As Syracuse grew from a small crossroads trading town in the early 1800's to
a bustling center fed by the Erie Canal and, later, the state's great railroads,
the neighborhood to the east of Syracuse University was still open farmland. The
Bastable Farm, Westcott Tract and Stanton Farm were all served by long
established roads such as South Beech, which had been an Indian trail long
before the settlement of the area and which extended from the canal at the
North, through the Eastside farms to the hills of Jamesville to the south.
Portions of this tract -- such as the two blocks of Strong Avenue south of Clarke
Street -- are still visible in the street pattern.
In 1872 Syracuse University's Hall of Languages was the first University
building built on fifty acres of farmland. When first developed, the area east
of the University served as a conveniently located "streetcar suburb" for the
still commercially vibrant downtown. The area attracted large numbers of
established middle-class professionals who could afford to build their own homes
on newly available lots, or to purchase homes from real estate developers who
were actively developing multiple properties.
Beginning in about 1910, the erection of two-story family houses in the area
increased and many fine examples can be see in the 700 block of Allen Street,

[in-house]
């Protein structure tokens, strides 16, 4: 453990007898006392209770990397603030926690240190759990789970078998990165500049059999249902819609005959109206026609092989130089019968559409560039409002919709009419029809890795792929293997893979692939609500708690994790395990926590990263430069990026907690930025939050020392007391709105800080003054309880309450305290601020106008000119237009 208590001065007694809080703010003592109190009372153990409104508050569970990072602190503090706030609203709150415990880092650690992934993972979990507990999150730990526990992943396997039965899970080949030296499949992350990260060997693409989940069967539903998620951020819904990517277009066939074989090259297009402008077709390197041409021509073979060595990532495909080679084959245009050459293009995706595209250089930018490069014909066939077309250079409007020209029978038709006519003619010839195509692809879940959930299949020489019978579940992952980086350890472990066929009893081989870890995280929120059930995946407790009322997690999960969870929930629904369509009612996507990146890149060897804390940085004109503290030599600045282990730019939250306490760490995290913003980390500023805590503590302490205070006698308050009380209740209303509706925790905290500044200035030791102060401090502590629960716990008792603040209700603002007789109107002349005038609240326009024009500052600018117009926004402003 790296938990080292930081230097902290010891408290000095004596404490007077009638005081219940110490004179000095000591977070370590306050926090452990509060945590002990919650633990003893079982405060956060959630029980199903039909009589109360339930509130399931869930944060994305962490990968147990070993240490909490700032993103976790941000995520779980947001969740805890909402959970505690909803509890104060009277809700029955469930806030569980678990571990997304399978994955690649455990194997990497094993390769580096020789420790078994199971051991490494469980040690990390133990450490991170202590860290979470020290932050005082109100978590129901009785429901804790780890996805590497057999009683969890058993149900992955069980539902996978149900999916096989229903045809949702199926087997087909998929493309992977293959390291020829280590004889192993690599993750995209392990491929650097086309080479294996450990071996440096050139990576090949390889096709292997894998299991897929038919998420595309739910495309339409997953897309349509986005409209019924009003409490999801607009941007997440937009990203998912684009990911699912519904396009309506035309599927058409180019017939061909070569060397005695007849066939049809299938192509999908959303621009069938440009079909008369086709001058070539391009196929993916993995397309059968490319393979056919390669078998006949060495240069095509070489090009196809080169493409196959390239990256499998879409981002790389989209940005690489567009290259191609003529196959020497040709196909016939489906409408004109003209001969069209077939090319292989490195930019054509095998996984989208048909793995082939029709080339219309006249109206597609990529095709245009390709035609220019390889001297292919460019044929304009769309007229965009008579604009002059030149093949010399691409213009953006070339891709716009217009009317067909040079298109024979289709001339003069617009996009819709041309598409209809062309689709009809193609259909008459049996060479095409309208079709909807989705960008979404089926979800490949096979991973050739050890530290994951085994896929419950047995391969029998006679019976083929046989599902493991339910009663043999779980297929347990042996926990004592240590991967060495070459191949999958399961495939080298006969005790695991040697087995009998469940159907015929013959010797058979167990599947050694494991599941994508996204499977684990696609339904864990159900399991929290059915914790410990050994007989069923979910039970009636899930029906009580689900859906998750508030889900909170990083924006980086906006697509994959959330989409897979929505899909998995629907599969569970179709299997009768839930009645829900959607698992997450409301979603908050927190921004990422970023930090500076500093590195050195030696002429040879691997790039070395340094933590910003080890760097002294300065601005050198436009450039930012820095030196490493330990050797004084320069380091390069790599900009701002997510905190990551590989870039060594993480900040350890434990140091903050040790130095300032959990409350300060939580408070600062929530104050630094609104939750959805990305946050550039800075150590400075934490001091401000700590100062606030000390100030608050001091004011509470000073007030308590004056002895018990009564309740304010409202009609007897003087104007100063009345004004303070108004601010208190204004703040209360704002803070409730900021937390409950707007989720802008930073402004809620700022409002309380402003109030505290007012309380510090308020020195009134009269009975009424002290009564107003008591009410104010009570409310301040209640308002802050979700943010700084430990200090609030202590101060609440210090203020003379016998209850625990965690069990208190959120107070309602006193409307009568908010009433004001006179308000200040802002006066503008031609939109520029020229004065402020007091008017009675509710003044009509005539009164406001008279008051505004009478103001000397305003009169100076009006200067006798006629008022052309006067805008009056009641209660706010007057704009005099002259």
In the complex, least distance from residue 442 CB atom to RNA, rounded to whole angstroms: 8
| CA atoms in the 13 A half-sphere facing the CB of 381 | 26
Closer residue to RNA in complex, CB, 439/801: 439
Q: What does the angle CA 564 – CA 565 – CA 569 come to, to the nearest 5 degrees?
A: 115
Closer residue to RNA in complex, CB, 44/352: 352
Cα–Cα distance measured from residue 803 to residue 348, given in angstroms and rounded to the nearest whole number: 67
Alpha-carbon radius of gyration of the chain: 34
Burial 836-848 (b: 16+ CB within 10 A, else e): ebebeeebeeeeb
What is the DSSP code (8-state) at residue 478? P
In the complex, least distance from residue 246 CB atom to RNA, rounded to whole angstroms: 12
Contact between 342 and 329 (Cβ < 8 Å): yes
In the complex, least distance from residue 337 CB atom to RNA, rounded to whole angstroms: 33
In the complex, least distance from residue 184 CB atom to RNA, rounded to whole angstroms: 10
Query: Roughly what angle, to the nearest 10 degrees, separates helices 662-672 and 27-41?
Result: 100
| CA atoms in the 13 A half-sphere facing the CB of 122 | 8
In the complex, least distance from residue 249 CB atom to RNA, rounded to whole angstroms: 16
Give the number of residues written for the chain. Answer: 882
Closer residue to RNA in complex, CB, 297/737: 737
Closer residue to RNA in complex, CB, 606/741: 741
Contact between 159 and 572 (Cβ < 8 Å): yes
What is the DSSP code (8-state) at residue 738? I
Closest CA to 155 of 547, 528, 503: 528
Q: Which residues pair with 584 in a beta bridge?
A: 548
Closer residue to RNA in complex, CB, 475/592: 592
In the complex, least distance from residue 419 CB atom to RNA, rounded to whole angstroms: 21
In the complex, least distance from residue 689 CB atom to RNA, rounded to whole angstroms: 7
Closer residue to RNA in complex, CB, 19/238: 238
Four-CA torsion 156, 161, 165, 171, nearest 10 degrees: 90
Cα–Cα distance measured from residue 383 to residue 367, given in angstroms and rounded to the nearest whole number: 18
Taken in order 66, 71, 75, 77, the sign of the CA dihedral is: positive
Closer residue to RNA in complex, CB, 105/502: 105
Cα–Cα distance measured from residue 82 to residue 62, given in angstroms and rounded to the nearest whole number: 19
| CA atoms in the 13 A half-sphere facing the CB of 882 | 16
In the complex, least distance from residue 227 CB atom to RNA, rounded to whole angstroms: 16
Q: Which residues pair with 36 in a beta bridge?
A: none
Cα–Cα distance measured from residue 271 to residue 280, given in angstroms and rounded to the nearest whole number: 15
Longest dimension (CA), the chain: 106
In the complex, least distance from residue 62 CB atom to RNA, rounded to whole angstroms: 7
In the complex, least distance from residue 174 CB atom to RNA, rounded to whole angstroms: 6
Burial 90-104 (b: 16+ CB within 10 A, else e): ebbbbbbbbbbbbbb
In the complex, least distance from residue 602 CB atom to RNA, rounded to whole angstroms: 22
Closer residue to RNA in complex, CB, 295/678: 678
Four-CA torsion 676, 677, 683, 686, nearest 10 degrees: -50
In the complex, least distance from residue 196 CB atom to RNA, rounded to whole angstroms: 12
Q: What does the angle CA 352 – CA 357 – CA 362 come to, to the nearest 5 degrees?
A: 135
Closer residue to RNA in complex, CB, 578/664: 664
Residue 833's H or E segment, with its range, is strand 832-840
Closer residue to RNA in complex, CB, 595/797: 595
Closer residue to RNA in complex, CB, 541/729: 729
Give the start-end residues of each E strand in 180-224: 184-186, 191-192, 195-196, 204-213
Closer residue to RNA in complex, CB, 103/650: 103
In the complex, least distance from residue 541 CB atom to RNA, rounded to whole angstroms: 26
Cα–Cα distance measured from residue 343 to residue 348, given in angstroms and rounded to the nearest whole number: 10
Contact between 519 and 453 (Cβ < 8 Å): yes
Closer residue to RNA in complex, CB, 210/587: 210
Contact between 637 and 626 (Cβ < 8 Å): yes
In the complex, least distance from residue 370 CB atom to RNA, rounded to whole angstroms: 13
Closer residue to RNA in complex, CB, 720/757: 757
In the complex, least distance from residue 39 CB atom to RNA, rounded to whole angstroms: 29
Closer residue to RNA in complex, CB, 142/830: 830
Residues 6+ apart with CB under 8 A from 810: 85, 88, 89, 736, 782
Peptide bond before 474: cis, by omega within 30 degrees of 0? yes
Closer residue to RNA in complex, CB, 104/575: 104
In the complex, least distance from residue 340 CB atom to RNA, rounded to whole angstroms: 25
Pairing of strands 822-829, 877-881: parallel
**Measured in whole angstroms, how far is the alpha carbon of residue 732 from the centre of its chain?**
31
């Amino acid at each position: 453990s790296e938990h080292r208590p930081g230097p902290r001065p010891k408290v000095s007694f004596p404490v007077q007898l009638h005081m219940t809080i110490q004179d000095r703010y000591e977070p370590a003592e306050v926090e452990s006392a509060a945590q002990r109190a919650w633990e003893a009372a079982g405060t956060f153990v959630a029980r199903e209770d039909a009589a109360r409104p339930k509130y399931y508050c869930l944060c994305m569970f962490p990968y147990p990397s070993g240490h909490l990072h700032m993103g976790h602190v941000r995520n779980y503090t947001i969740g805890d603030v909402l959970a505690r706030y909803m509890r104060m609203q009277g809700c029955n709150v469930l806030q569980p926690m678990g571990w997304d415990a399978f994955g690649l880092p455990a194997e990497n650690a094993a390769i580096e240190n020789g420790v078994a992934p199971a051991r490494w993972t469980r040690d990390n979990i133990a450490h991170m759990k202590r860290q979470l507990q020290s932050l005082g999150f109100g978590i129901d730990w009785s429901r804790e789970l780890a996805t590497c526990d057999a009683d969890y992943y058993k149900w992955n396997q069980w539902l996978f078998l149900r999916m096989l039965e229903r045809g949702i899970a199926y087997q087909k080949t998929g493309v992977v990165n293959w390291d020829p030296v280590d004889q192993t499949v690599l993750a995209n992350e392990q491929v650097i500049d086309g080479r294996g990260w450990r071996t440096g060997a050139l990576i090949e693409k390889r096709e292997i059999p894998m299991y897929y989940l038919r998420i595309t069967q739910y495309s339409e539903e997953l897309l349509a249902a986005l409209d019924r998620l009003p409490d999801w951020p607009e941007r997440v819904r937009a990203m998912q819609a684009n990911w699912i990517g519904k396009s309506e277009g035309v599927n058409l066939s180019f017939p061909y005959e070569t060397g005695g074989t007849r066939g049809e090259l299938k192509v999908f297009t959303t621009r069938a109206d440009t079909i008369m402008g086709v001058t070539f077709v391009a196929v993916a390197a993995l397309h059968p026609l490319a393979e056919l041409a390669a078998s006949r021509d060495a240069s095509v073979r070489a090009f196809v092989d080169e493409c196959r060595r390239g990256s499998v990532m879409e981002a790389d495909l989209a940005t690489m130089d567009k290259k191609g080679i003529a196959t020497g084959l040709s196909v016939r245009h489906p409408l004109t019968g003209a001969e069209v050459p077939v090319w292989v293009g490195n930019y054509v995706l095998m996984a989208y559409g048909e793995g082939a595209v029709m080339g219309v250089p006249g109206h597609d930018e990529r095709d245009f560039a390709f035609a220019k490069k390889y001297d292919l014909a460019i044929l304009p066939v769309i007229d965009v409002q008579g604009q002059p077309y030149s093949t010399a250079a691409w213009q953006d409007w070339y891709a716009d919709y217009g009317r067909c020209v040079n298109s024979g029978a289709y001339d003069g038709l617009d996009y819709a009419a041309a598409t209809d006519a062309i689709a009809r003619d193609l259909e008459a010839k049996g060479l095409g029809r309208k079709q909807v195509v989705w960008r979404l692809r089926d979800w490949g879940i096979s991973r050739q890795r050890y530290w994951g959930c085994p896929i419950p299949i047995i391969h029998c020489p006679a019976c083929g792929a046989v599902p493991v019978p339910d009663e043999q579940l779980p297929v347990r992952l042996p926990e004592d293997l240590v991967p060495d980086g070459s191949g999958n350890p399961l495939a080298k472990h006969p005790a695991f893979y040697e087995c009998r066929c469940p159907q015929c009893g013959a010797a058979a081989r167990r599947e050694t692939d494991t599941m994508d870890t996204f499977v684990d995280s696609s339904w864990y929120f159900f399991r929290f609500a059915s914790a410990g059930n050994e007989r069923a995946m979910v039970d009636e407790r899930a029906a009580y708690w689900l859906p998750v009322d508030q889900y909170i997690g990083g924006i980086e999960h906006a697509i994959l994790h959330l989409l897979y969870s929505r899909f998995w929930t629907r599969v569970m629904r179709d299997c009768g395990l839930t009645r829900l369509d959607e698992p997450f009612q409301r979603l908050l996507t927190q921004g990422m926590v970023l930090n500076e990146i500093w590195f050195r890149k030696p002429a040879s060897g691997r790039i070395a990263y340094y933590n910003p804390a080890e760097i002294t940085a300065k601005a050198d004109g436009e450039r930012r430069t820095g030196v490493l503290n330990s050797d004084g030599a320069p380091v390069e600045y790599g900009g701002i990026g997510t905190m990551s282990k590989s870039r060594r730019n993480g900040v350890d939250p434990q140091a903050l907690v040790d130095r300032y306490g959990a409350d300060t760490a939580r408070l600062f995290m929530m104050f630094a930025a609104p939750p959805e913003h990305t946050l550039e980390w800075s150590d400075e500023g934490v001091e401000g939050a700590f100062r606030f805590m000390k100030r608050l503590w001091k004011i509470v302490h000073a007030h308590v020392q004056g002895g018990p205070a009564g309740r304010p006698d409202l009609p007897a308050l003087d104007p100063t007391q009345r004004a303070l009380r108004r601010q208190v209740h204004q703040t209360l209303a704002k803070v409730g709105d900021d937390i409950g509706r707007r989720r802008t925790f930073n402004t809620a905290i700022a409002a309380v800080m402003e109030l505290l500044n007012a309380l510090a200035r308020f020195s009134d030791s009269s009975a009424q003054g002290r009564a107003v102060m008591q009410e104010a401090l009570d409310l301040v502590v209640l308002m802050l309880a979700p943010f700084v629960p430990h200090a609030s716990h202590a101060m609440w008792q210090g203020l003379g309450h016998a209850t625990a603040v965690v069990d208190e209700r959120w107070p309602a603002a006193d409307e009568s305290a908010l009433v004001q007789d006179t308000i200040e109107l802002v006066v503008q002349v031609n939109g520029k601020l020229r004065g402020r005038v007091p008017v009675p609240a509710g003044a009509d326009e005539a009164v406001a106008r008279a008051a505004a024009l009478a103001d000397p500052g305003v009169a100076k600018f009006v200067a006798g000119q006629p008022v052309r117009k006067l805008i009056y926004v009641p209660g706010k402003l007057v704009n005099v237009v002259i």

along Euclid Avenue and throughout the neighborhood. Only in recent decades has
the proximity of the University more fully defined the nature of these
neighborhoods. The presence of Syracuse University has caused the conversion of
many single family homes into student rooming houses or rentals, but it has also served as a
magnet to hold large number of highly educated and civic-minded citizens in the
neighborhood. Proximity to the University has provided assurance to homeowners
that property values would not, for the most part, decline. The activity of
University-affiliated families has also contributed to the strength of the
parent organizations that have kept the quality of local public schools high.
A popular place to visit from the 1860's through the 1870's was the Stanton
Farm carriage-driving course set in the heart of what is now the Westcott East
Neighborhood. The driving course was laid out when Heman Stanton leased part of